But how does the contemporary reader of an ancient work come to perceive such exchanges? Or, more simply, when is an allusion an illusion?Anyone familiar with the critical literature on the New Testament knows that the discovery of allusions is an uncertain enterprise. Surely John 15:1 (‘you will see heaven opened, and the angels of God ascending and descending upon the Son of Man”) adverts to Jacob’s ladder and Gen. 28, but is Rom. 8:32 (God “did not withhold his own Son, but gave him up for all of us”) a reminiscence of Gen. 32 and the Akedah, the sacrifice of Isaac? The text is silent, and scholars disagree. How then does one decide? All concur that the New Testament books, bot unlike “The Waste Land” of T.S. Elliot, constantly elicit tradition through the device of allusion. Yet whereas Eliot condescended to footnote his poem, the New Testament writers did not add scholia. As modern readers of the Bible are we not in the position of the college student struggling to understand Dante or Milton in an old edition, one without annotations? Every phrase has something in it, much more than initially perceived; but how can we perceive it? Time removes us from all texts and subtexts and so cripples our ability to detect tacit references, which is why, as history marches on , annotated editions of the classics, including the Bible, become longer and longer. With time once transparent allusions become, to quote William Empson, “delicate cross-references that are now the discoveries of the learned.”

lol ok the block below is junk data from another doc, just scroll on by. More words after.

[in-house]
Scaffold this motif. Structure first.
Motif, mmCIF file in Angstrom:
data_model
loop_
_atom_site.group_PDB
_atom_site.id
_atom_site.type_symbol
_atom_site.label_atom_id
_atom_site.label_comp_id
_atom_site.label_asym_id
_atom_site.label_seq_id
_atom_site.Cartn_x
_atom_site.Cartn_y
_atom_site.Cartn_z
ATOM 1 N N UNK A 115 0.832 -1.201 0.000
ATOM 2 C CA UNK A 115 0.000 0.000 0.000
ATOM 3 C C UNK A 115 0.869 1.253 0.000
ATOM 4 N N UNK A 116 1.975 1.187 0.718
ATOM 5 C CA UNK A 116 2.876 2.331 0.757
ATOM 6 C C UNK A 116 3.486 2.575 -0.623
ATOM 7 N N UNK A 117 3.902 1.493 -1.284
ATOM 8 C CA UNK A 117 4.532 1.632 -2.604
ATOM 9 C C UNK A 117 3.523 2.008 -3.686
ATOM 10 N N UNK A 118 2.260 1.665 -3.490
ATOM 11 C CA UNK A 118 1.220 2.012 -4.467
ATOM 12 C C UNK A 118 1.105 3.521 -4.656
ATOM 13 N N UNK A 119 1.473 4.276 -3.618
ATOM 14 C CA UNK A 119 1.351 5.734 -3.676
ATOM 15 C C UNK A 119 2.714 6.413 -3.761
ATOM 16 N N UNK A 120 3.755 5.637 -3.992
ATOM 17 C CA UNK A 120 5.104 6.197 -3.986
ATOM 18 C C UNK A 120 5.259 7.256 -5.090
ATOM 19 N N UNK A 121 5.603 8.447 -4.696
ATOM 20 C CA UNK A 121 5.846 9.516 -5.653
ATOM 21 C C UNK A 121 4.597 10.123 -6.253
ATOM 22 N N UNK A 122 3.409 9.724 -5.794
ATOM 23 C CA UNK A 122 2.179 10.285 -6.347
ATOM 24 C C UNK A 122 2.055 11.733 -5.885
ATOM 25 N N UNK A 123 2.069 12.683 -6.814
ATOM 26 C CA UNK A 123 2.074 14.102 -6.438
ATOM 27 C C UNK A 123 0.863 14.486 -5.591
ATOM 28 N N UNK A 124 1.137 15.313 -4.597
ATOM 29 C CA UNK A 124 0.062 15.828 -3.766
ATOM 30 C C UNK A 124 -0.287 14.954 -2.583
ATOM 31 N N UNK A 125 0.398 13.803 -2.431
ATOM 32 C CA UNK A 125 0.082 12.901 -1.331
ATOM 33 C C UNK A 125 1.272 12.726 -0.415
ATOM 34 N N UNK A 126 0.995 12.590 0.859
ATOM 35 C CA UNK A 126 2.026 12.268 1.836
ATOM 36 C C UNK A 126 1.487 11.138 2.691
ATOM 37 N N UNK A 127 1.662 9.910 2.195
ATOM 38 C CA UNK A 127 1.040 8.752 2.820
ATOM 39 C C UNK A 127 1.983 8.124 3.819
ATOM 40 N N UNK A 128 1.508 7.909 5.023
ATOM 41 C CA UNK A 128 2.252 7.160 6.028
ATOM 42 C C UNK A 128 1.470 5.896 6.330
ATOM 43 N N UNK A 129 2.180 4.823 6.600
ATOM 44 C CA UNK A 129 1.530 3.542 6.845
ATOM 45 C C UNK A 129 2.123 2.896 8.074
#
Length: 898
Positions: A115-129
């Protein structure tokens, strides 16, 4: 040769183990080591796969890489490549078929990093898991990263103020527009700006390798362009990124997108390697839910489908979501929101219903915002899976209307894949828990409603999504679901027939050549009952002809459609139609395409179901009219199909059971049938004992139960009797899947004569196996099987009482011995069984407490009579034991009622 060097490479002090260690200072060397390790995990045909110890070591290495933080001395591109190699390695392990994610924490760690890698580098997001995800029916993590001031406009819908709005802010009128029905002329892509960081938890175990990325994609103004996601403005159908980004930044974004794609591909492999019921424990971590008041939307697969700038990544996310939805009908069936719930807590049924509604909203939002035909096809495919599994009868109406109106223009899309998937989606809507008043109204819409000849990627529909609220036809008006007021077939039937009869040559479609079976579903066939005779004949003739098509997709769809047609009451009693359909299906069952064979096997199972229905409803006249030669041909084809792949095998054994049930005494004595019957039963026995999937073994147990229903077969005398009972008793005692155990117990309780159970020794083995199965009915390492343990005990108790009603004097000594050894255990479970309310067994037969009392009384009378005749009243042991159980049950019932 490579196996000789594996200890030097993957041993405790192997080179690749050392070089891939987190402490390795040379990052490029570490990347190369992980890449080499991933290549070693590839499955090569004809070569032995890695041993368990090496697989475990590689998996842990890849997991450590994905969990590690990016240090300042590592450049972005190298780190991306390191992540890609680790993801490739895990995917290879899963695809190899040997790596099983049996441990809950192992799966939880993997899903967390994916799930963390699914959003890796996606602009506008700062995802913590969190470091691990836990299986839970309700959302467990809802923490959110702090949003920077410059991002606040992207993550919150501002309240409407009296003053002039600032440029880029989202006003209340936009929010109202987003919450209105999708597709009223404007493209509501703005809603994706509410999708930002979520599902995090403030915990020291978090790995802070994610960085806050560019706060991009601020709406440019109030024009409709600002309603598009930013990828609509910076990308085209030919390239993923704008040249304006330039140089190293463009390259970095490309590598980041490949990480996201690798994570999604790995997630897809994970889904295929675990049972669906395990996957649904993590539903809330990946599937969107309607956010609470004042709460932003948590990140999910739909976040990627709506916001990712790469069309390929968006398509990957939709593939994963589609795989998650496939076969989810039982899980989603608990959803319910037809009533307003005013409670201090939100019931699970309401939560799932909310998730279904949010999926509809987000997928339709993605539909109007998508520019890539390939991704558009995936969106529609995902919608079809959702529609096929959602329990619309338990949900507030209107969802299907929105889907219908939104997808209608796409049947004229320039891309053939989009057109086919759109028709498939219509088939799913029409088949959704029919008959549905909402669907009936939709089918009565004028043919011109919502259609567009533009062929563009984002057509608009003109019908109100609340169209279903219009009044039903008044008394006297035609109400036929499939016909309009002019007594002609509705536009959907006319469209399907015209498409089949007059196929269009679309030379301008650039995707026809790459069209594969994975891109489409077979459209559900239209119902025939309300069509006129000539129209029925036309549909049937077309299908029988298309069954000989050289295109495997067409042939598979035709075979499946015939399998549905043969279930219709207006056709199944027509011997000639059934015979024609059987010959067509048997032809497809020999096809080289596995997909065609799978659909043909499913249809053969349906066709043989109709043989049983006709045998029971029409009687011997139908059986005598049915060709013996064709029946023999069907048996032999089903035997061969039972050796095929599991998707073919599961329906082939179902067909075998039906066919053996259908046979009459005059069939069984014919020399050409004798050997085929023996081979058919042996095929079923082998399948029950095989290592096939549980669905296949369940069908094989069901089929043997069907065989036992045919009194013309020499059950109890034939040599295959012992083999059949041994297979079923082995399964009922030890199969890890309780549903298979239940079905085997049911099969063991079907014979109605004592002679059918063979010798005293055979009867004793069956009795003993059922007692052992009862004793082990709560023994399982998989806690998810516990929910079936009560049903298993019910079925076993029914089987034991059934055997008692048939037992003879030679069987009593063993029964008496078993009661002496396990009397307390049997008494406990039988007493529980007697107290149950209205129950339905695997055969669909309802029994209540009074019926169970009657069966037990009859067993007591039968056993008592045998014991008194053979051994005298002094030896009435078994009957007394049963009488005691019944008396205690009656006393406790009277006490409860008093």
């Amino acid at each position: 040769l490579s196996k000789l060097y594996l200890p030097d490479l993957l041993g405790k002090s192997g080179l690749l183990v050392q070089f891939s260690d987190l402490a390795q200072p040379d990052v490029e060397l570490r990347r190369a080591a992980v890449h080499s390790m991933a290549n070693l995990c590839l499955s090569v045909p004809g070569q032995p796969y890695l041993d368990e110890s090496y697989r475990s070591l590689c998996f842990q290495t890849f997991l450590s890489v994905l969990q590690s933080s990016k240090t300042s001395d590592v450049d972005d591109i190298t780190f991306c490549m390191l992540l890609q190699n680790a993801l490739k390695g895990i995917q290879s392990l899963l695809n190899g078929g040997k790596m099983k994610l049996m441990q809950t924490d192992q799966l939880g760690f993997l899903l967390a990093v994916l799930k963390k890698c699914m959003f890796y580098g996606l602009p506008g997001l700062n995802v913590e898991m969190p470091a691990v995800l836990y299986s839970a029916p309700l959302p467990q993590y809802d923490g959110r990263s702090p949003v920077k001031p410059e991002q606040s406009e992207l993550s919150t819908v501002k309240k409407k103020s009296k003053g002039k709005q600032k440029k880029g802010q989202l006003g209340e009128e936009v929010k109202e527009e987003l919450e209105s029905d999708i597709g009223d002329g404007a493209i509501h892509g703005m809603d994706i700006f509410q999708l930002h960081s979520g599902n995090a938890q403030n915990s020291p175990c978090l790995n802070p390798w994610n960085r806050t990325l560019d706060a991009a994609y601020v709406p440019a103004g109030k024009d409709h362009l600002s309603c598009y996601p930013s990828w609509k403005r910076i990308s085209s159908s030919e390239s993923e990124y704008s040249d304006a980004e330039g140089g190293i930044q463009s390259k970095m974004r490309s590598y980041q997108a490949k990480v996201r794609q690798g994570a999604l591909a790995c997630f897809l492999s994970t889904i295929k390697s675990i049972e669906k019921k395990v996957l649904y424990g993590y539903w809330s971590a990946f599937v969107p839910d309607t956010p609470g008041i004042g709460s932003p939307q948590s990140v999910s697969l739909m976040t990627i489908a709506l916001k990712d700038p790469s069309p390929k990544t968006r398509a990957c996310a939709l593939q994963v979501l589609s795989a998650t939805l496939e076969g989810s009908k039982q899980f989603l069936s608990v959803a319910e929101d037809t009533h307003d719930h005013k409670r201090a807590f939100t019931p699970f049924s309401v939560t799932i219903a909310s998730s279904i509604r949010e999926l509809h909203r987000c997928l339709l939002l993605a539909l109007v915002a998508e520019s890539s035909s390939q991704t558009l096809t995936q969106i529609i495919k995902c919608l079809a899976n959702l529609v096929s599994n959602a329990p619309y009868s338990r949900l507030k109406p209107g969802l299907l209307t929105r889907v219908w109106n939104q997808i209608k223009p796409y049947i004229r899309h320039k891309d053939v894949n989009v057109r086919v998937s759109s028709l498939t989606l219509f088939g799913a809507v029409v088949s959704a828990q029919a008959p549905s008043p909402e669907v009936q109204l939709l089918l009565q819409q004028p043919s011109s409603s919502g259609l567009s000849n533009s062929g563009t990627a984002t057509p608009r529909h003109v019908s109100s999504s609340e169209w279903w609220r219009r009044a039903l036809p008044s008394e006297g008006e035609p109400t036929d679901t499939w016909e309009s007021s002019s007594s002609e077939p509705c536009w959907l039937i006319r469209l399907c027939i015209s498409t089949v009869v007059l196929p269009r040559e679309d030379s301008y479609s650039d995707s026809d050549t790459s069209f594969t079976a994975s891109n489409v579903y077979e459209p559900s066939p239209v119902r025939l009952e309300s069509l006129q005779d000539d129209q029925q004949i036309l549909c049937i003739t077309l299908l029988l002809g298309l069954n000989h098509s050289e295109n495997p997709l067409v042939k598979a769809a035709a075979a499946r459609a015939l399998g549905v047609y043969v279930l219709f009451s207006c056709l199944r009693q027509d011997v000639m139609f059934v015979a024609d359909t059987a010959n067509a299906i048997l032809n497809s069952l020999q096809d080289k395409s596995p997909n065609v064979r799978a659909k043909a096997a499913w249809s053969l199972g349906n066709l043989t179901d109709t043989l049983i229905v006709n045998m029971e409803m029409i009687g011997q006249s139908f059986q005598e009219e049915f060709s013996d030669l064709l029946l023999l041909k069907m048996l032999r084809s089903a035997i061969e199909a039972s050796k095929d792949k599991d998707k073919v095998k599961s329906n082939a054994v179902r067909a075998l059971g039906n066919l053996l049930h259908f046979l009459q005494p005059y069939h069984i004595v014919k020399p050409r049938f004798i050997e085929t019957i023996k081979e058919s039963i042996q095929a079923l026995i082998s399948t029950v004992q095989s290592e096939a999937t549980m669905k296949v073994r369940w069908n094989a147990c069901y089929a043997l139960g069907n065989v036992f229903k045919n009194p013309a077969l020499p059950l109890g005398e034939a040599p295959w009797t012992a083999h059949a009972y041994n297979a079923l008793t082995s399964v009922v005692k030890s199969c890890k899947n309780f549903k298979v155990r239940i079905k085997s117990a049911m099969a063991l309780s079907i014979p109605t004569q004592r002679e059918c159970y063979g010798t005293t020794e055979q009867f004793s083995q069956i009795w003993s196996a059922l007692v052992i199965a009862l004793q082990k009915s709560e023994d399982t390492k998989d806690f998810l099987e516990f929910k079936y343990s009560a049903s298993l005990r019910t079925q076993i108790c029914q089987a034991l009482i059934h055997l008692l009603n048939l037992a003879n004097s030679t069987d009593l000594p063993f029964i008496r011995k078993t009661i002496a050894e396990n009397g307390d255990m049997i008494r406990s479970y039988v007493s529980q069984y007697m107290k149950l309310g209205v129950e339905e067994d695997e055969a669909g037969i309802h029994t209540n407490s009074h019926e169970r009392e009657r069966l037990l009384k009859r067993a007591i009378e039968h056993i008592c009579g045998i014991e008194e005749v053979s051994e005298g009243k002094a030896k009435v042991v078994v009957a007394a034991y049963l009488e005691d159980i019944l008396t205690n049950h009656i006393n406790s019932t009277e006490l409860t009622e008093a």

Dale C. Allison Jr., Studies in Matthew:Interpretation Past and Present, 119.